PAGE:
Category Archives: food

Italian stopover: vongole, leeks and cannelini

Too much travelling the last few months, too little cooking. We just finished a lovely week off the Tuscan coast with friends. I am recovering from food poisoning  (never again samosas in Dar es Salaam…..) so ate little and cooked less, but this dish went down well. 

Italy is also in the grip of the heatwave named Lucifer. HOT here!

Same island every year, always wonderful. It seemed a bit quiet this year, the Italian economy must still be down. 

But we had a great week! Fresh fish and seafood from the fish truck, shouting Pesce Fresco each morning.

Vongole with leeks and cannelini

Bag of vongole (small clams)
Three cloves of garlic
Two leeks, cleaned and thinly sliced
One medium tin of cannelini beans or other beans
Generous handful parsley, chopped
Two tbs olive oil
Splash of white wine or water, half a lemon if you have one 

Toast  or crusty bread to serve

Cataplana debut! I bought this in Lisbon in June, took it back to Accra, but decided this holiday was a good time to try it. Special pan for steaming shellfish, it clamps shut like a low level pressure cooker and worked really well. 

First: soak clams in water in sink for half an hour, removing any damaged ones or ones that do not close. 

Hear pan with a little oil and white wine or water, tip in handful of clams and steam 4-5 minutes with lid on. You will hear clams pop open. With a slotted spoon fish out done clams and do next batch, I did this in three batches so they were not crowded.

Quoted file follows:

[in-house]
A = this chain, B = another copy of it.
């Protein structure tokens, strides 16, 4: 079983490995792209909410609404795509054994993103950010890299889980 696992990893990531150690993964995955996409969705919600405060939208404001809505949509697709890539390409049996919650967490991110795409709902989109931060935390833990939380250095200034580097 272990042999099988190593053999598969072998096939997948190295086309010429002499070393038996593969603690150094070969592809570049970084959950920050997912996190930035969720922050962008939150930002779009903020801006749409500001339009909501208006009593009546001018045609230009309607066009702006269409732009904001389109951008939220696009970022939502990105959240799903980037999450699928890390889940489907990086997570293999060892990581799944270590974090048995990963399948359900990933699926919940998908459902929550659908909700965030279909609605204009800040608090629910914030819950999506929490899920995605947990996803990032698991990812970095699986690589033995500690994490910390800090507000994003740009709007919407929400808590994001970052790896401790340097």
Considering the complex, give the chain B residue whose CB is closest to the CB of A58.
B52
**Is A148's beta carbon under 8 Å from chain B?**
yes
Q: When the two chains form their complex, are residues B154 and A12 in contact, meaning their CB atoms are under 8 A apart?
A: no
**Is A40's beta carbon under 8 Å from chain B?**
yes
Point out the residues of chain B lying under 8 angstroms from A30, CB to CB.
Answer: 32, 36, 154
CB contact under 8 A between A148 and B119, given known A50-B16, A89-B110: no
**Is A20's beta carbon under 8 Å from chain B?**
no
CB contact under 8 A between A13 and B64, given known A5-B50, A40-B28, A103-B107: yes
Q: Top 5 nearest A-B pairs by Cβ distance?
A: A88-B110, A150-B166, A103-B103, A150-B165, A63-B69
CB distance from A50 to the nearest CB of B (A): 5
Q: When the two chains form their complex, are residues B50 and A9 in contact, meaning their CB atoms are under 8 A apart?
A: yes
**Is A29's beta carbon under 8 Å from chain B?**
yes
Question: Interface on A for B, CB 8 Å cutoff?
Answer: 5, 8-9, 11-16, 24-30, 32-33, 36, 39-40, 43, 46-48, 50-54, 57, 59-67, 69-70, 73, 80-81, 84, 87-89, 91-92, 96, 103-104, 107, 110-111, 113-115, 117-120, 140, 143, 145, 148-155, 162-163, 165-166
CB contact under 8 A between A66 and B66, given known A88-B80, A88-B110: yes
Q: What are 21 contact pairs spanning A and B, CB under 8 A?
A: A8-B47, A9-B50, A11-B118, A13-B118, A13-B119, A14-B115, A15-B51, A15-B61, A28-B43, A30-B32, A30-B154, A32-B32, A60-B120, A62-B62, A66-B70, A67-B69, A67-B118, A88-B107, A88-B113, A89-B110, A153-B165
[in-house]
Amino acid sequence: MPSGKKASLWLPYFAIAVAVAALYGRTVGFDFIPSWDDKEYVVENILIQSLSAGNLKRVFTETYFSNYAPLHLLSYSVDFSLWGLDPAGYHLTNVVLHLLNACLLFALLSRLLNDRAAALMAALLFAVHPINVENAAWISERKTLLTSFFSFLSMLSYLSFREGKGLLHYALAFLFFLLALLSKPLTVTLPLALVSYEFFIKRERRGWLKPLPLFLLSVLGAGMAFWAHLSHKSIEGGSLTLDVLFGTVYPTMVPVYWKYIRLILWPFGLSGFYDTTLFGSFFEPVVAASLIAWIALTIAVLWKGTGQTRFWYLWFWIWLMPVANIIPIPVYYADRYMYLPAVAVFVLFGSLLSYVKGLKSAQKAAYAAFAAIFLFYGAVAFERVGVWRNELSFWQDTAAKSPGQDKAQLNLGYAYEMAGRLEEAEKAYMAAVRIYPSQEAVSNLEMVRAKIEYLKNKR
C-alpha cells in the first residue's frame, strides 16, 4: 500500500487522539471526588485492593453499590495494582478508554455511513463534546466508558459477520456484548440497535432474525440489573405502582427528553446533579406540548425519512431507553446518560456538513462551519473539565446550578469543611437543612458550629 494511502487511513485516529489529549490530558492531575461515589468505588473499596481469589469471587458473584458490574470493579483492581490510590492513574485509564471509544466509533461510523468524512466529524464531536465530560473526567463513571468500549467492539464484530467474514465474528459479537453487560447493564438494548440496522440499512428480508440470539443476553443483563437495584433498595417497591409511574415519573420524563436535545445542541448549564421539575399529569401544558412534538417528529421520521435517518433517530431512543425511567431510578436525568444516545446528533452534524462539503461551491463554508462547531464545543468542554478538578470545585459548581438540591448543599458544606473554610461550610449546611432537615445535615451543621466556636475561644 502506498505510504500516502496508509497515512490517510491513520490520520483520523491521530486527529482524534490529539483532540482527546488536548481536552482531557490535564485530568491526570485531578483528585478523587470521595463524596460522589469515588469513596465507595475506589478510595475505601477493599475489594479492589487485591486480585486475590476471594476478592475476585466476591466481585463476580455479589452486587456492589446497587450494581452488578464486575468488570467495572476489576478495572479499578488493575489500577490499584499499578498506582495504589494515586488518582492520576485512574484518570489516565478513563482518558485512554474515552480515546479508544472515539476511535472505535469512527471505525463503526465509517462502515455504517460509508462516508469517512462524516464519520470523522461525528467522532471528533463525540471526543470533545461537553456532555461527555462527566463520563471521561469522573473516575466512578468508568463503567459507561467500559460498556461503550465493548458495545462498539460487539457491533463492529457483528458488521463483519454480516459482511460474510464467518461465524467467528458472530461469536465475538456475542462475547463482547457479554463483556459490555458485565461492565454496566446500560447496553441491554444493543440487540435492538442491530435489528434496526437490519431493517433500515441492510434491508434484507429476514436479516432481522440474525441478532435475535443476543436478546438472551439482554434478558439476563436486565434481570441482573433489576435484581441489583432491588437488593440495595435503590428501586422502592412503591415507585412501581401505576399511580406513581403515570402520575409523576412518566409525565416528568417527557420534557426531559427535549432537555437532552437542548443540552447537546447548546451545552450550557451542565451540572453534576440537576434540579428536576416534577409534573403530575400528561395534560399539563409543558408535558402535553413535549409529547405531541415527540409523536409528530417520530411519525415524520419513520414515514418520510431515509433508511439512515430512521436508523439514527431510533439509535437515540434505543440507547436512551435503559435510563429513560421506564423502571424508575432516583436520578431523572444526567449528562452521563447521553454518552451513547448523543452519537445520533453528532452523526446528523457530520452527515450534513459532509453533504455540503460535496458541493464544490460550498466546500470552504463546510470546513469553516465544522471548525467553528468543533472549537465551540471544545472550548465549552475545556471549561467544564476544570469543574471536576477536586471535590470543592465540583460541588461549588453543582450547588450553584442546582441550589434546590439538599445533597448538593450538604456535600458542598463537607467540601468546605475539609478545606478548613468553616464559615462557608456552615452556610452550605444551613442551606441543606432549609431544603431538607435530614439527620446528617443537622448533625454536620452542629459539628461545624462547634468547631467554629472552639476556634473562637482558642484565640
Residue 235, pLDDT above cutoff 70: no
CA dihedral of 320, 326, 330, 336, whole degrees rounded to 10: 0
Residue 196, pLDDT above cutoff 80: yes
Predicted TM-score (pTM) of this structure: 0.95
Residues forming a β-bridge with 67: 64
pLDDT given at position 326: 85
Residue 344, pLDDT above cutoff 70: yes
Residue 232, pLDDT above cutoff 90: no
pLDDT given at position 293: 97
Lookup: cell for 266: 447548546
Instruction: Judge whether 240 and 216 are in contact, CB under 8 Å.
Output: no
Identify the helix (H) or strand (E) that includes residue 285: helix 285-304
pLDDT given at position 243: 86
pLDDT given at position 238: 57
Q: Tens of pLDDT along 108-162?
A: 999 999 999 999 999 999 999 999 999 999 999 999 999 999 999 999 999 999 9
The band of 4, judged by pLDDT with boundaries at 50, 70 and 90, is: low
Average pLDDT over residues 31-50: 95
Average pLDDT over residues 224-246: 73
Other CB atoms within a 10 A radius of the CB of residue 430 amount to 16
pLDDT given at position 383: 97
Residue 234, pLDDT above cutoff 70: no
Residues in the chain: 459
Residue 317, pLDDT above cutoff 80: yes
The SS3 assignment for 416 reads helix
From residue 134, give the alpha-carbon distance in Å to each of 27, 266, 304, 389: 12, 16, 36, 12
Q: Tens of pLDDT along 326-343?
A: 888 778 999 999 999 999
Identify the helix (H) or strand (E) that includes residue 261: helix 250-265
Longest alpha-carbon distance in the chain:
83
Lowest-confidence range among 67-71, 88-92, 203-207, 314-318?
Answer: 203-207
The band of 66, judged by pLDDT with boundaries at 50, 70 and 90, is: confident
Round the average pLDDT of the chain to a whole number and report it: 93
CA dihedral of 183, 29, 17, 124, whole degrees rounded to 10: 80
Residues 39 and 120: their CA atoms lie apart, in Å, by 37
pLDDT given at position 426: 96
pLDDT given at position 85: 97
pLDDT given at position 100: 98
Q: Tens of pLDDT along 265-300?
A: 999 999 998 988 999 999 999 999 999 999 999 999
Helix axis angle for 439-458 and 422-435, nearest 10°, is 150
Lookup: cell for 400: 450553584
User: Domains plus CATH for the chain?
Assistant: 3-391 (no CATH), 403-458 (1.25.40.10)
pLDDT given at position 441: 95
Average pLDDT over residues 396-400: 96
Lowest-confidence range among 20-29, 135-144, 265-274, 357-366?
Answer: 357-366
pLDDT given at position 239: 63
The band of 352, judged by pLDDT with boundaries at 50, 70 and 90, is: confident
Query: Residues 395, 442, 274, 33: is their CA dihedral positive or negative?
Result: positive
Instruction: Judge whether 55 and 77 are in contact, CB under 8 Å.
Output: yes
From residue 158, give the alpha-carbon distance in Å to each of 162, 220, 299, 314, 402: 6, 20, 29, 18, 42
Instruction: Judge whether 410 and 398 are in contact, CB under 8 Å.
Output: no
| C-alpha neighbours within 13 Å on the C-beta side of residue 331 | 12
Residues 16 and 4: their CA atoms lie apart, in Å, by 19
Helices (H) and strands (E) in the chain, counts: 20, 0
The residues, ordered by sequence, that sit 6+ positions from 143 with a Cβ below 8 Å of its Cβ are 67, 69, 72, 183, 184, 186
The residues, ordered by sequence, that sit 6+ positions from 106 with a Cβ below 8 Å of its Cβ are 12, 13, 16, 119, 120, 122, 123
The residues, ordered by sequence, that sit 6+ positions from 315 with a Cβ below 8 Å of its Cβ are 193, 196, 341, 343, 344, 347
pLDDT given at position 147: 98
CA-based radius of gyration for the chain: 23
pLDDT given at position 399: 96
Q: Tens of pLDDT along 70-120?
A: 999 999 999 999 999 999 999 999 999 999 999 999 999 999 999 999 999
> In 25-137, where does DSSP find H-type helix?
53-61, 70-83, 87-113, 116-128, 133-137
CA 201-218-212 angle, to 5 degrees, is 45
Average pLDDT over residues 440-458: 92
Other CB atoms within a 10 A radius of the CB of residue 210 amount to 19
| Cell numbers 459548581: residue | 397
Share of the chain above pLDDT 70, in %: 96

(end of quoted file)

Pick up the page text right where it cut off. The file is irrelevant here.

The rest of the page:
Leaving liquid in pan, add sliced leeks and garlic and cook 2 or 3 minutes while you de-shell clams and remove any that did not open. Optional step, we were waiting for a lunch guest.  Then add drained beans, chopped parsley and clams and heat briefly through. Maybe half a lemon squeezed over? Serve with toast or crusty bread.

Happy holidays!

Povoa de Varzim

Porto is gorgeous, but hotels were expensive, so we ended up staying in Povoa de Varzim. It is a holiday town, one hour by metro out of Porto, and surprisingly pleasant. The metro is new and clean, and once we figured out the Andante system (rechargeable paper ticket for 0.60) very easy. 

Povoa de Varzim was a fishing village, now a beach resort with a casino. Not quite beach season yet, and cold Atlantic water, big waves, and very nice contrast to busy Porto. See the wooden structures on left? Some had little striped tents to block the wind.

Tiles in our hotel (Luis Brasileiro) whete you see the same beach, and the same tent style. 

A franceshina for lunch, Porto sandwich specialty. This one had a layers of ham, steak, cheese, two kinds of mortadella, more cheese, an egg and spicy tomato-bacon sauce all over. Tasty but SO heavy, I gave up halfway and it still destroyed my appetite for the rest of the day, making this impossible to try…..

…… the biggest mille-feuille I have ever seen! Massive! What is it with these huge Portuguese pastries?

Random tiled doorway. We could have gone back to Porto but decided to have a local day, as just being in Europe is nice. I bought sandals, we walked on the beach, and we scouted local fish restaurants. Nice break.